|Debut March, 1828|
Name Hidenoyama Raigoro
Died June 16, 1862
Height 1.64 m
|Retired March, 1850|
Role Sumo wrestler
Makuuchi rank Yokozuna
Weight 162 kg
Highest rank Yokozuna (September 1847)
Championships 6 (Makuuchi, unofficial)
Stable Hidenoyama stable (1827–1850)
Similar People Tanikaze Kajinosuke, Maruyama Gondazaemon, Ayagawa Goroji, Umegatani Totaro I, Ozutsu Man\'emon
Hidenoyama Raigorō (秀ノ山 雷五郎, 1808 – June 16, 1862) was a sumo wrestler from Kesennuma, Miyagi Prefecture, Japan. He was the sport's 9th yokozuna. He was also known as Amatsukaze Kumoemon (天津風 雲右衞門), Tatsugami Kumoemon (立神 雲右衞門) and Iwamigata Jōemon (岩見潟 丈右衞門).
In 1823, he attempted to make his debut, but he was completely ignored at first due to his short height of only 1.51 m (4 ft 11 1⁄2 in). He joined Hidenoyama stable in 1827 and made his debut in March 1828. He was promoted to the top makuuchi division in January 1837. He recorded 30 consecutive wins and won the equivalent of six championships before the modern yūshō system was established. In the top makuuchi division, he won 112 bouts and lost 21 bouts, recording a winning percentage of 84.2.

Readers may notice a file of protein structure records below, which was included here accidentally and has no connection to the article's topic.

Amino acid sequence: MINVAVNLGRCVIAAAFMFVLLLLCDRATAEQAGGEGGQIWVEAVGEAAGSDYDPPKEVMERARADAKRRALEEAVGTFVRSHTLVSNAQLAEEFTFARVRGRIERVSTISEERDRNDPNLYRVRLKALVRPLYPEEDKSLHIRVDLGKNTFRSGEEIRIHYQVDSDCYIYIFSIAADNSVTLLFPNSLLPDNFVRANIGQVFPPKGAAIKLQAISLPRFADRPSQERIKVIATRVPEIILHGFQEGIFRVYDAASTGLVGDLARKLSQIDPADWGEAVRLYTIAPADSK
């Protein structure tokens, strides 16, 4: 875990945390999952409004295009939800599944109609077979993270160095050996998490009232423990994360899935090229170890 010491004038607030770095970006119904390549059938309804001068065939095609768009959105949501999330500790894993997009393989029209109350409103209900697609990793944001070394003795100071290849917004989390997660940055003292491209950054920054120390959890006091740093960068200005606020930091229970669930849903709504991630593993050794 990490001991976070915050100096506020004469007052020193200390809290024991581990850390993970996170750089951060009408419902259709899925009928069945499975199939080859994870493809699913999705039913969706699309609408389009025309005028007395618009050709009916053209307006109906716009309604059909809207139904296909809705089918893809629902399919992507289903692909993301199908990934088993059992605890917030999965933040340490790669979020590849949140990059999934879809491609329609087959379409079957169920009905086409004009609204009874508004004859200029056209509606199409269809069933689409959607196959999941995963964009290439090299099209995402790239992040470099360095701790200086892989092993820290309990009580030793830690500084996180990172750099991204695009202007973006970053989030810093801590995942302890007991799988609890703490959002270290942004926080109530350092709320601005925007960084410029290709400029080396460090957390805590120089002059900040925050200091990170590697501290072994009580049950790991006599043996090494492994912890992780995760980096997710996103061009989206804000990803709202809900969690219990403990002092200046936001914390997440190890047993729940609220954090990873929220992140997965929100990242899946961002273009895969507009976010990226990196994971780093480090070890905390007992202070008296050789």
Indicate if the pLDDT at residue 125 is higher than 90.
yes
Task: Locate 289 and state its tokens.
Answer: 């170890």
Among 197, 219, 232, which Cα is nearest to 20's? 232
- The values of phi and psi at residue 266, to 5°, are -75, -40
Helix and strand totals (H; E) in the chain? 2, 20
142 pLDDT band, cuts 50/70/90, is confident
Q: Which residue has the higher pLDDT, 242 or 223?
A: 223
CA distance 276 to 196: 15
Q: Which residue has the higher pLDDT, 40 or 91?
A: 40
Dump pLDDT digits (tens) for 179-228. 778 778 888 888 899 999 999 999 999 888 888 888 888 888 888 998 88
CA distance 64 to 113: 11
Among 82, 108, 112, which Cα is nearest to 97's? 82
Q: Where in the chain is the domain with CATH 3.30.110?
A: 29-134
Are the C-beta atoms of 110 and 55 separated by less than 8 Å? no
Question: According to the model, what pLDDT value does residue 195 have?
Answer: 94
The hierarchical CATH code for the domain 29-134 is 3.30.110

Hidenoyama was awarded a yokozuna licence in November 1847. His height of 1.64 m (5 ft 4 1⁄2 in) is lowest among all yokozuna in sumo's long history. He was not one of the greatest wrestlers of his time, but received the licence because he had influential backers. Ōzeki Tsurugizan Taniemon reportedly handed over the yokozuna licence to Hidenoyama.
Retirement from sumo
After his retirement, he was an elder known as Hidenoyama and produced later yokozuna Jinmaku. He served as a judge (naka-aratame, modern shimpan) but this gave him many opportunities to give favourable decisions to his own pupils. At that time, there were many lower division wrestlers and they were sometimes forced to be absent from sumo bouts. They attempted to have their number of sumo bouts increased. He had the right of deciding their attendances and rejected this, excluding his own pupils. The other lower ranking wrestlers were angry, accusing him of bias, and went on strike because of his practices in 1851. It was the first walkout in sumo history. He eventually apologized to them.
Top division record
*Championships for the best record in a tournament were not recognized or awarded before the 1909 summer tournament and the above unofficial championships are historically conferred. For more information see yūshō.